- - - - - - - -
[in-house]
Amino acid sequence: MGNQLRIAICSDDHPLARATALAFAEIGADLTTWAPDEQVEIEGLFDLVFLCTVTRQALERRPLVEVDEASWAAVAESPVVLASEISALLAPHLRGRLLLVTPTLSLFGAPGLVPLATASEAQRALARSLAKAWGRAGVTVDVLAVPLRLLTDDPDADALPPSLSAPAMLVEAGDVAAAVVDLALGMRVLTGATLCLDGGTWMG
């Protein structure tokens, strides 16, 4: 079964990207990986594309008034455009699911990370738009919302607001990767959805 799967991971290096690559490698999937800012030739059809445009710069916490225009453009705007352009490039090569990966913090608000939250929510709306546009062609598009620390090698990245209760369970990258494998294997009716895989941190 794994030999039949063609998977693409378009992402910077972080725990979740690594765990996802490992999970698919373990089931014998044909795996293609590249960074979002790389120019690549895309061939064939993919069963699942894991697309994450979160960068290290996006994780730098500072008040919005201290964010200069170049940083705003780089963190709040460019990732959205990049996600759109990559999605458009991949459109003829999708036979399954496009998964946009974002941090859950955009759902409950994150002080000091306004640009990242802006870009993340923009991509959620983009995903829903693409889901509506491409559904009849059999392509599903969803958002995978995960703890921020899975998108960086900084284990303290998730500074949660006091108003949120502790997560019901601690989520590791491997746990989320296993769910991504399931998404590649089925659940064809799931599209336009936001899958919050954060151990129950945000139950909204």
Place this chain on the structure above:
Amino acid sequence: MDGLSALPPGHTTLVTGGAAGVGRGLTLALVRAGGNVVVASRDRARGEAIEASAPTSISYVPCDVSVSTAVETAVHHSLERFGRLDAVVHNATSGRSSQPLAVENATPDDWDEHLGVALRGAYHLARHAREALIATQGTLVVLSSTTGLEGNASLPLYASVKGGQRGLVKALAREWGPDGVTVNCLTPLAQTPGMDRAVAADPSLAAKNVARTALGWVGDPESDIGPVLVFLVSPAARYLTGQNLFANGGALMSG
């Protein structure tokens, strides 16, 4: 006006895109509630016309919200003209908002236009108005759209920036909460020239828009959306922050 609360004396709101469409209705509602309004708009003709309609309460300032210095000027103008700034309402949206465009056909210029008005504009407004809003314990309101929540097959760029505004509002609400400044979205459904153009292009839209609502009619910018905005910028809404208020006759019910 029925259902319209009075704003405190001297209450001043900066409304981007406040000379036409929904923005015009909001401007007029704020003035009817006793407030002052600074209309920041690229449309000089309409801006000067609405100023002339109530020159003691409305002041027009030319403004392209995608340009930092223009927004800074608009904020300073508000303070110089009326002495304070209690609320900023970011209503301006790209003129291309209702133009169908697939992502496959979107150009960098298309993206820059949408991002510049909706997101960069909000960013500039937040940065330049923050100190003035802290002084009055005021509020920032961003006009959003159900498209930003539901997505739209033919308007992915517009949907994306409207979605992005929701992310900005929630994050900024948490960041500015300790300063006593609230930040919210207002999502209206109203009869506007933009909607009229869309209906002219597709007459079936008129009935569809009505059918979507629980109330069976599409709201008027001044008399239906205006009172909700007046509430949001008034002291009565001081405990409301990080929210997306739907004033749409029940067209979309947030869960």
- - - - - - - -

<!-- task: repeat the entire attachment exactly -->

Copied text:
[in-house]
Amino acid sequence: MGNQLRIAICSDDHPLARATALAFAEIGADLTTWAPDEQVEIEGLFDLVFLCTVTRQALERRPLVEVDEASWAAVAESPVVLASEISALLAPHLRGRLLLVTPTLSLFGAPGLVPLATASEAQRALARSLAKAWGRAGVTVDVLAVPLRLLTDDPDADALPPSLSAPAMLVEAGDVAAAVVDLALGMRVLTGATLCLDGGTWMG
């Protein structure tokens, strides 16, 4: 079964990207990986594309008034455009699911990370738009919302607001990767959805 799967991971290096690559490698999937800012030739059809445009710069916490225009453009705007352009490039090569990966913090608000939250929510709306546009062609598009620390090698990245209760369970990258494998294997009716895989941190 794994030999039949063609998977693409378009992402910077972080725990979740690594765990996802490992999970698919373990089931014998044909795996293609590249960074979002790389120019690549895309061939064939993919069963699942894991697309994450979160960068290290996006994780730098500072008040919005201290964010200069170049940083705003780089963190709040460019990732959205990049996600759109990559999605458009991949459109003829999708036979399954496009998964946009974002941090859950955009759902409950994150002080000091306004640009990242802006870009993340923009991509959620983009995903829903693409889901509506491409559904009849059999392509599903969803958002995978995960703890921020899975998108960086900084284990303290998730500074949660006091108003949120502790997560019901601690989520590791491997746990989320296993769910991504399931998404590649089925659940064809799931599209336009936001899958919050954060151990129950945000139950909204």
Place this chain on the structure above:
Amino acid sequence: MDGLSALPPGHTTLVTGGAAGVGRGLTLALVRAGGNVVVASRDRARGEAIEASAPTSISYVPCDVSVSTAVETAVHHSLERFGRLDAVVHNATSGRSSQPLAVENATPDDWDEHLGVALRGAYHLARHAREALIATQGTLVVLSSTTGLEGNASLPLYASVKGGQRGLVKALAREWGPDGVTVNCLTPLAQTPGMDRAVAADPSLAAKNVARTALGWVGDPESDIGPVLVFLVSPAARYLTGQNLFANGGALMSG
């Protein structure tokens, strides 16, 4: 006006895109509630016309919200003209908002236009108005759209920036909460020239828009959306922050 609360004396709101469409209705509602309004708009003709309609309460300032210095000027103008700034309402949206465009056909210029008005504009407004809003314990309101929540097959760029505004509002609400400044979205459904153009292009839209609502009619910018905005910028809404208020006759019910 029925259902319209009075704003405190001297209450001043900066409304981007406040000379036409929904923005015009909001401007007029704020003035009817006793407030002052600074209309920041690229449309000089309409801006000067609405100023002339109530020159003691409305002041027009030319403004392209995608340009930092223009927004800074608009904020300073508000303070110089009326002495304070209690609320900023970011209503301006790209003129291309209702133009169908697939992502496959979107150009960098298309993206820059949408991002510049909706997101960069909000960013500039937040940065330049923050100190003035802290002084009055005021509020920032961003006009959003159900498209930003539901997505739209033919308007992915517009949907994306409207979605992005929701992310900005929630994050900024948490960041500015300790300063006593609230930040919210207002999502209206109203009869506007933009909607009229869309209906002219597709007459079936008129009935569809009505059918979507629980109330069976599409709201008027001044008399239906205006009172909700007046509430949001008034002291009565001081405990409301990080929210997306739907004033749409029940067209979309947030869960």